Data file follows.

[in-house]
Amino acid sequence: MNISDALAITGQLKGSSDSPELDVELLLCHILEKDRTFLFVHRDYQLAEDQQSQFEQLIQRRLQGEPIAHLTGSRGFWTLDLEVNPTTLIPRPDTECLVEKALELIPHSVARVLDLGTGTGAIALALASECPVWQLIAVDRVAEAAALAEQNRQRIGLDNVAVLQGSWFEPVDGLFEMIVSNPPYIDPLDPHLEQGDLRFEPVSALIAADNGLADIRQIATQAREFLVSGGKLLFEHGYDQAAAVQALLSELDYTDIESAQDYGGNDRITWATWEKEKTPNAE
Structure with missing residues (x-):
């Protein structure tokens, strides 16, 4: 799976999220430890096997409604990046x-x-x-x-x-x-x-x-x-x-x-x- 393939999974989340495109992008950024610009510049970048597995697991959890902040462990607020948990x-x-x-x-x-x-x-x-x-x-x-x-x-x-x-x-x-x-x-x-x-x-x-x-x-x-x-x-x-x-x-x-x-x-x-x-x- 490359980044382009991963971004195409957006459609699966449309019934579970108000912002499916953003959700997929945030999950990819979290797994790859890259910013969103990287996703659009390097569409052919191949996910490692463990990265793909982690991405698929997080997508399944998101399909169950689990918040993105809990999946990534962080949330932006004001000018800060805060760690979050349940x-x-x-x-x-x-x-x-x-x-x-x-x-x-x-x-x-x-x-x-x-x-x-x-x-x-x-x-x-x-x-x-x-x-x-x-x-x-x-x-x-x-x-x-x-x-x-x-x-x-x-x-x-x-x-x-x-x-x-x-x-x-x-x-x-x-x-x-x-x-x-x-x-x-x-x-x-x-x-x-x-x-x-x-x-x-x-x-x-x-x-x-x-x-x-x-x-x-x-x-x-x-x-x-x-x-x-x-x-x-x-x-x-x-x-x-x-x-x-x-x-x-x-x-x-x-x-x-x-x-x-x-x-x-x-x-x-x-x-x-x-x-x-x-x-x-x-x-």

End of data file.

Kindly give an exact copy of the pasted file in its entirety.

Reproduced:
[in-house]
Amino acid sequence: MNISDALAITGQLKGSSDSPELDVELLLCHILEKDRTFLFVHRDYQLAEDQQSQFEQLIQRRLQGEPIAHLTGSRGFWTLDLEVNPTTLIPRPDTECLVEKALELIPHSVARVLDLGTGTGAIALALASECPVWQLIAVDRVAEAAALAEQNRQRIGLDNVAVLQGSWFEPVDGLFEMIVSNPPYIDPLDPHLEQGDLRFEPVSALIAADNGLADIRQIATQAREFLVSGGKLLFEHGYDQAAAVQALLSELDYTDIESAQDYGGNDRITWATWEKEKTPNAE
Structure with missing residues (x-):
């Protein structure tokens, strides 16, 4: 799976999220430890096997409604990046x-x-x-x-x-x-x-x-x-x-x-x- 393939999974989340495109992008950024610009510049970048597995697991959890902040462990607020948990x-x-x-x-x-x-x-x-x-x-x-x-x-x-x-x-x-x-x-x-x-x-x-x-x-x-x-x-x-x-x-x-x-x-x-x-x- 490359980044382009991963971004195409957006459609699966449309019934579970108000912002499916953003959700997929945030999950990819979290797994790859890259910013969103990287996703659009390097569409052919191949996910490692463990990265793909982690991405698929997080997508399944998101399909169950689990918040993105809990999946990534962080949330932006004001000018800060805060760690979050349940x-x-x-x-x-x-x-x-x-x-x-x-x-x-x-x-x-x-x-x-x-x-x-x-x-x-x-x-x-x-x-x-x-x-x-x-x-x-x-x-x-x-x-x-x-x-x-x-x-x-x-x-x-x-x-x-x-x-x-x-x-x-x-x-x-x-x-x-x-x-x-x-x-x-x-x-x-x-x-x-x-x-x-x-x-x-x-x-x-x-x-x-x-x-x-x-x-x-x-x-x-x-x-x-x-x-x-x-x-x-x-x-x-x-x-x-x-x-x-x-x-x-x-x-x-x-x-x-x-x-x-x-x-x-x-x-x-x-x-x-x-x-x-x-x-x-x-x-």